As the ultimate reinvention tool, fashion’s biggest faux pas is that it’s neglected to innovate its own framework. The physical boundaries are stretched, and the seams are bursting; has fashion outgrown itself? Unlike music (which has streaming) and art (with VR exhibitions), fashion has been one of the slowest industries to innovate what it means to experience it. We spend more time in online spaces than ever before, so why are our clothes still only physical?

E-commerce means we have more product choice than ever before. In the climate of mass production and fast fashion, the limited edition and exclusive drops popularised by the streetwear boom of the last decade offer an alternative to a rising homogeneity. NFTs offer scarcity, exclusivity, and provenance, and as a technology, they are combining with fashion to create a ground breaking new economy fast being adopted; digital fashion. After all, what’s more special than something that doesn’t really exist?

Digital demand is undoubtedly propelled by Gen-Z behaviours — a fast-growing, increasingly powerful, high spending demographic raised at the convergence of fashion, gaming, and social media. Consumers are no longer satisfied to simply wear their clothes; they want to experience them in radical ways, currently only possible with technology. There are two emerging options for traditional brands: either go with the flow or risk being run over by it.


Digital fashion exists beyond the physical space and is worn virtually. Just as you might upload an image of yourself wearing an outfit to Instagram, you can do this with digital fashion, but without the need to get dressed. Instead, the garment is fitted on you with AR technology, negating the need to own anything physical. It’s not new, but the potential for its mass adoption is.

The pioneers of the space were a cross-over of fashion and gaming, not too far from where we currently find ourselves. The last year we’ve seen collaborations between Nike and Fortnite, Marc Jacobs and Animal Crossing, and Louis Vuitton and League of Legends. Digital fashion’s offerings were boosted further in 2020, as we spent most of our time online. For brands already successful in the physical world, the cross-over into offering digital fashion alongside its traditional garments is an unprecedented opportunity to tap into new markets. Traditional brands like Gucci are already making waves in the space with the ‘Virtual 25’ sneaker, which is worn only digitally.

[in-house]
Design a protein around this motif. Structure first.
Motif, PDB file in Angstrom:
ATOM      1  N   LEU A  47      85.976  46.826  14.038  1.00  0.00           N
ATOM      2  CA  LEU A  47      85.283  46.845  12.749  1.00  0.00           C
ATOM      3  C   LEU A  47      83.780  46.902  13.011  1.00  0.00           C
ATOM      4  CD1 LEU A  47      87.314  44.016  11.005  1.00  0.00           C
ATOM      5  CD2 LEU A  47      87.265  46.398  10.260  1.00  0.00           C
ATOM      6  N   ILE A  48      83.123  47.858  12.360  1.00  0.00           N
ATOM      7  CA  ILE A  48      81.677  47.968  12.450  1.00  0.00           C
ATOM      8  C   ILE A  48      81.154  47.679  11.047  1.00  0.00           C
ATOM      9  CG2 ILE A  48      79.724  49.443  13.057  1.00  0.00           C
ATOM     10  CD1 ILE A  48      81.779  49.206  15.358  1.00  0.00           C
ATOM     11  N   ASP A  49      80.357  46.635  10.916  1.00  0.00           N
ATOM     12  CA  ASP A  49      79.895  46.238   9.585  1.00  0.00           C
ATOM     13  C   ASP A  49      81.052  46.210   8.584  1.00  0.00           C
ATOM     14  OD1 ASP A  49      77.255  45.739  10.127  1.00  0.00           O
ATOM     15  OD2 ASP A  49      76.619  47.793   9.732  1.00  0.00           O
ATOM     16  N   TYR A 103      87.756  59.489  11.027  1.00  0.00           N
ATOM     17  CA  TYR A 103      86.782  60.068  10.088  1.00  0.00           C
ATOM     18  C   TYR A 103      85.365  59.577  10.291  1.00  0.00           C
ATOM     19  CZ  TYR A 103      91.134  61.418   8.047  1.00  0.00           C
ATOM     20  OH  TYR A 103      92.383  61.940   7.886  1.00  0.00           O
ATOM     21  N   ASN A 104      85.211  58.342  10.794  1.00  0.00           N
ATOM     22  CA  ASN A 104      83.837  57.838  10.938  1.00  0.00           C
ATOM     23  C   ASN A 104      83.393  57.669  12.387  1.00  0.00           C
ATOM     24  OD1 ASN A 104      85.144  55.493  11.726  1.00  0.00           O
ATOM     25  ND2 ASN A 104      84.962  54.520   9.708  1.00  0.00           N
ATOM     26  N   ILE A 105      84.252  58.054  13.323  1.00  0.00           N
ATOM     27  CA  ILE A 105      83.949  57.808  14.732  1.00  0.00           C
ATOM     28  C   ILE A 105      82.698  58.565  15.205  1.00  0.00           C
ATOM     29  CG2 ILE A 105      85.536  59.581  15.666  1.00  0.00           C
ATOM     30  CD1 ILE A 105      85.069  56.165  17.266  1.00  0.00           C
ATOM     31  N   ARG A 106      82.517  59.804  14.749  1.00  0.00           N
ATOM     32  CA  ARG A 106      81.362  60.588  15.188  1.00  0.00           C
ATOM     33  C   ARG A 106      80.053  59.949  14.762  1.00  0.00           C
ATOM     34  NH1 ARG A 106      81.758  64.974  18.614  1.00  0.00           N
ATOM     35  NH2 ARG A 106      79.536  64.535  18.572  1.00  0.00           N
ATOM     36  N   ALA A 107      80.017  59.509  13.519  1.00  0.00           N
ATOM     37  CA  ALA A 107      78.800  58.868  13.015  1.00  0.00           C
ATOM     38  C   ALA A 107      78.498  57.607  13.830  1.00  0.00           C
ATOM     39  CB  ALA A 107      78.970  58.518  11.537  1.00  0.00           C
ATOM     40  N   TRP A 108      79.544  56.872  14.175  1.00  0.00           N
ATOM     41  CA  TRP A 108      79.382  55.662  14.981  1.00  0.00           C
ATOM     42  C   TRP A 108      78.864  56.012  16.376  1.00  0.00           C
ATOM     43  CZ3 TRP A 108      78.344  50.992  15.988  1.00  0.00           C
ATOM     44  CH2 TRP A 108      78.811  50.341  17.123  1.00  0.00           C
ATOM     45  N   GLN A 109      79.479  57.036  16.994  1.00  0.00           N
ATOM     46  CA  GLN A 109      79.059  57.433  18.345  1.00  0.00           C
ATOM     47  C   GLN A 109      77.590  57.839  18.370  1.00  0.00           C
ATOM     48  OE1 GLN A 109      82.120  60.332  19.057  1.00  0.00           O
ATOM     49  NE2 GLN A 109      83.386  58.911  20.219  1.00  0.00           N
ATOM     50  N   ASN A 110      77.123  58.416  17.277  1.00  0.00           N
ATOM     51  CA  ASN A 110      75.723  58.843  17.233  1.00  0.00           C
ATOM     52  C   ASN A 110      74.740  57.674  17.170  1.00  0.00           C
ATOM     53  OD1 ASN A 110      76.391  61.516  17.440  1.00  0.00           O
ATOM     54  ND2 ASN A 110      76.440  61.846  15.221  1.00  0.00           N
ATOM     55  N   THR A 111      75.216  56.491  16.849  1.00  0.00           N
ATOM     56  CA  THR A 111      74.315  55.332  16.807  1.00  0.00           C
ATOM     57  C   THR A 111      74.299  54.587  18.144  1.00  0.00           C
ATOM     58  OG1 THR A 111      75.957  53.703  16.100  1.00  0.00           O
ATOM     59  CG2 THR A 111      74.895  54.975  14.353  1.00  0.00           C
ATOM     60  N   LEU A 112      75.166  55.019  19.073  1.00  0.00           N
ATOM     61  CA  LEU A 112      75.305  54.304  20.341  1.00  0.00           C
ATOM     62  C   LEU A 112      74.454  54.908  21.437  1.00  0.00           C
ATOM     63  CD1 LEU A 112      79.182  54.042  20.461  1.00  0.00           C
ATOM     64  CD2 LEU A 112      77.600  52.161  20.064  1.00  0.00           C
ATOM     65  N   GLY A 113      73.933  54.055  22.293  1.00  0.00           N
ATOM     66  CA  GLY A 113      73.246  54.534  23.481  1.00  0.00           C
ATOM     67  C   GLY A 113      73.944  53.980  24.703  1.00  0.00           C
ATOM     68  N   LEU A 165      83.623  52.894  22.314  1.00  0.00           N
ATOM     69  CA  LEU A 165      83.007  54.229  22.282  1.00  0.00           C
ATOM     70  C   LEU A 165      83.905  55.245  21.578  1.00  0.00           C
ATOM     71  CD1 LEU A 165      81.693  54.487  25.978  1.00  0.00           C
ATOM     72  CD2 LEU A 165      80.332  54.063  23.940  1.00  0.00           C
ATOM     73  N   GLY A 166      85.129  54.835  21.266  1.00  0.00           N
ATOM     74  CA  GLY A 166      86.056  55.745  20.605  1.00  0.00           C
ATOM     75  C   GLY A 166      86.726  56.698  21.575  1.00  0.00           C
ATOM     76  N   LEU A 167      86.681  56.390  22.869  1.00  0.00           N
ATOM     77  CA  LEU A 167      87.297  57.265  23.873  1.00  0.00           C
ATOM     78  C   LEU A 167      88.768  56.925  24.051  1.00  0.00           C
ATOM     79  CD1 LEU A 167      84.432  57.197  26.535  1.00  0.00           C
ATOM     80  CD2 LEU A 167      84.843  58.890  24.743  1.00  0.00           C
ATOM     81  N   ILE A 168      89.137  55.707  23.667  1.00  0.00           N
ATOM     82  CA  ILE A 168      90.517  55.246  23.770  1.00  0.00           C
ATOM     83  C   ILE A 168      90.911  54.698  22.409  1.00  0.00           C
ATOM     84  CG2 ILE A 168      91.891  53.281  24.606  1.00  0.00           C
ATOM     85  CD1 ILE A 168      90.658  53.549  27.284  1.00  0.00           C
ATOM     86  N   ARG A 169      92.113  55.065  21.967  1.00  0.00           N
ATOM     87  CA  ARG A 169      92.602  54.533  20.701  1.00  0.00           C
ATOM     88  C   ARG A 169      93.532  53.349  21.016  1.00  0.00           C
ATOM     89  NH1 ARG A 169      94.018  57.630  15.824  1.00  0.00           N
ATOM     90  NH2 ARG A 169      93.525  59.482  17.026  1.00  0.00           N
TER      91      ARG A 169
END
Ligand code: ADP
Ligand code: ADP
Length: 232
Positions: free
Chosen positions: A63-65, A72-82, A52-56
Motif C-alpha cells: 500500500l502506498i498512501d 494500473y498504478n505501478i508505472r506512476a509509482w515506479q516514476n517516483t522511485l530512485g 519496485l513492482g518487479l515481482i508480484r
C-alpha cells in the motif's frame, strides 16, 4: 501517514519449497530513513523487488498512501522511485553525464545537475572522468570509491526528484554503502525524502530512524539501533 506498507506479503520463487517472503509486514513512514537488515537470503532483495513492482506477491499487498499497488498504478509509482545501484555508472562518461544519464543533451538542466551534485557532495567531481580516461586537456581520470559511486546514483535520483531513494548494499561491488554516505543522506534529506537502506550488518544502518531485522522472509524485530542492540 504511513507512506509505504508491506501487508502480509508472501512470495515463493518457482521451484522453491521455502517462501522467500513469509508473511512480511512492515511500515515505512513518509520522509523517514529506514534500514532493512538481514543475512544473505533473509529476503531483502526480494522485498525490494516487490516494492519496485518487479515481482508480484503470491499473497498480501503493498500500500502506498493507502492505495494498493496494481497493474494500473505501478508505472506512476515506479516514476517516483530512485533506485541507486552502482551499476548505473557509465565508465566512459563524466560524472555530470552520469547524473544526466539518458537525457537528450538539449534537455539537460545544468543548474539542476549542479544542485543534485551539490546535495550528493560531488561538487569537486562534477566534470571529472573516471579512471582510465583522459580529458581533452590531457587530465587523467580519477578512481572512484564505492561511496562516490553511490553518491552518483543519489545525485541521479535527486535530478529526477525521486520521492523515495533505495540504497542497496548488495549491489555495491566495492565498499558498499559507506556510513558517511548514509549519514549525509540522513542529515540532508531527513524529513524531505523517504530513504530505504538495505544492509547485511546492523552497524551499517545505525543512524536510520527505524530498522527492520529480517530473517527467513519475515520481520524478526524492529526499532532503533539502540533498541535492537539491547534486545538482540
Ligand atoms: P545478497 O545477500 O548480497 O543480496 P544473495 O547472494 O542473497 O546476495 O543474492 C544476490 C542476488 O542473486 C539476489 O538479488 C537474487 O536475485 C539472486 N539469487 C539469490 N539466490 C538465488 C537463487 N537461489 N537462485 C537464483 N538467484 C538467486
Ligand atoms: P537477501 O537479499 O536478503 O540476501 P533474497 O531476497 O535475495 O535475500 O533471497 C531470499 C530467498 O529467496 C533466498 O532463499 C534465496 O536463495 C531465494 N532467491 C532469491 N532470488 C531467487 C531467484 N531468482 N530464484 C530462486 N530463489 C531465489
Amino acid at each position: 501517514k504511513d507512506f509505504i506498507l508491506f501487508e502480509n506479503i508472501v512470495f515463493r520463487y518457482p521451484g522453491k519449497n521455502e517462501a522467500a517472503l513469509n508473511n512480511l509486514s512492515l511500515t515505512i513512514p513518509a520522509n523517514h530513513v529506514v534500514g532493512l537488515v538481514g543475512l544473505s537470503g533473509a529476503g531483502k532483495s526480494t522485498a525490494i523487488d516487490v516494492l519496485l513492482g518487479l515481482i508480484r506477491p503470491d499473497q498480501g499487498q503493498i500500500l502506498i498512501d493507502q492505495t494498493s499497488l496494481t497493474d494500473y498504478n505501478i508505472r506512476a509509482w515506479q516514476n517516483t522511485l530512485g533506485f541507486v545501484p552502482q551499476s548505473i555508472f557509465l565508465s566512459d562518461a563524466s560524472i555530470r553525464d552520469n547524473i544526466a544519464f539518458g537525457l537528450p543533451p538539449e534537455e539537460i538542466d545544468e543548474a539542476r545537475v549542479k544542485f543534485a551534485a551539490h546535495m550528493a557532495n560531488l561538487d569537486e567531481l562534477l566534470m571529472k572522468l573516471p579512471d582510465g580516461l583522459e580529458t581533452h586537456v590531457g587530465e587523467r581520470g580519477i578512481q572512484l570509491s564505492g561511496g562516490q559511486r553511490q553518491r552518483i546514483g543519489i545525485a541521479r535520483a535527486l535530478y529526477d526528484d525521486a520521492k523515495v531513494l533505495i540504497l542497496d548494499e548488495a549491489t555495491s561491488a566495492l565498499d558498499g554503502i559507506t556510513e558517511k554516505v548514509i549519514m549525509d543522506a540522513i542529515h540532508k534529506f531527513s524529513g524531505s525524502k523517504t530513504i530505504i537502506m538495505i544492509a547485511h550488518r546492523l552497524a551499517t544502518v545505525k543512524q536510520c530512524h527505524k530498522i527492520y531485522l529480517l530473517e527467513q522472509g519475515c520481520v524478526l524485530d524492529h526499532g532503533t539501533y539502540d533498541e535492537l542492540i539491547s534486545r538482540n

Imagine a wardrobe that doesn’t take up any physical space or garments that you never have to wash or worry about getting ruined. Beyond its convenience, digital fashion is size-less and gender-less, meaning anyone can wear whatever they want. AR is, of course, already present in our every day lives. You only have to look to Instagram and Snapchat filters to realise what might have felt weird is now second nature to how we present ourselves to the outside world. Fashion should be fun, and through AR, digital fashion opens an ever-evolving space to play and experiment within. It’s self-expression in its purest, most boundless form.


Already a fast-growing economy, digital fashion is offering solutions that the traditional garment industry has been slow to provide. Sustainability is one of fashion’s biggest buzzwords, but the industry has failed to enforce widespread action. Digital fashion is waste-less, meaning customers who want to express themselves with clothes no longer need to be concerned about the ecological impact of fast fashion or trend cycles.

Research undertaken by The Fabricant in collaboration with Imperial College London found that a digital-only garment produces 97 per cent less CO2 over its lifetime than a physical item. For example, the carbon footprint of a t-shirt during its life cycle is 7.8 kg of CO2, compared to 0.26 kilograms of a digital-only t-shirt. Other key findings revealed that a physical t-shirt uses 683 litres of water over its life cycle, whereas a digital garment amounts to none. Regarding the pollution caused by chemicals in the design and production, the report found this to be 12,300 kilograms for a physical garment and 0.692 kilograms of a digital-only item.

Digital fashion also means a more sustainable production cycle for luxury products, where supply can be matched to customer demand without speculation and upfront investment. Not only does this minimise the risk of wasted stock, but brands can operate stock-free retail showrooms that streamline logistics and reduce their ecological footprint.

In a world where the margins of what we can and can’t do have always been so clear, a space without boundaries might be daunting. What do you create when there are no limits? There is a whole ecosystem challenging fashion’s status quo, providing solutions, and building the blueprint for a new future. The early successes of digital fashion are inspiring, and with no frontiers, there is no idea too big or small: there’s room for it all.

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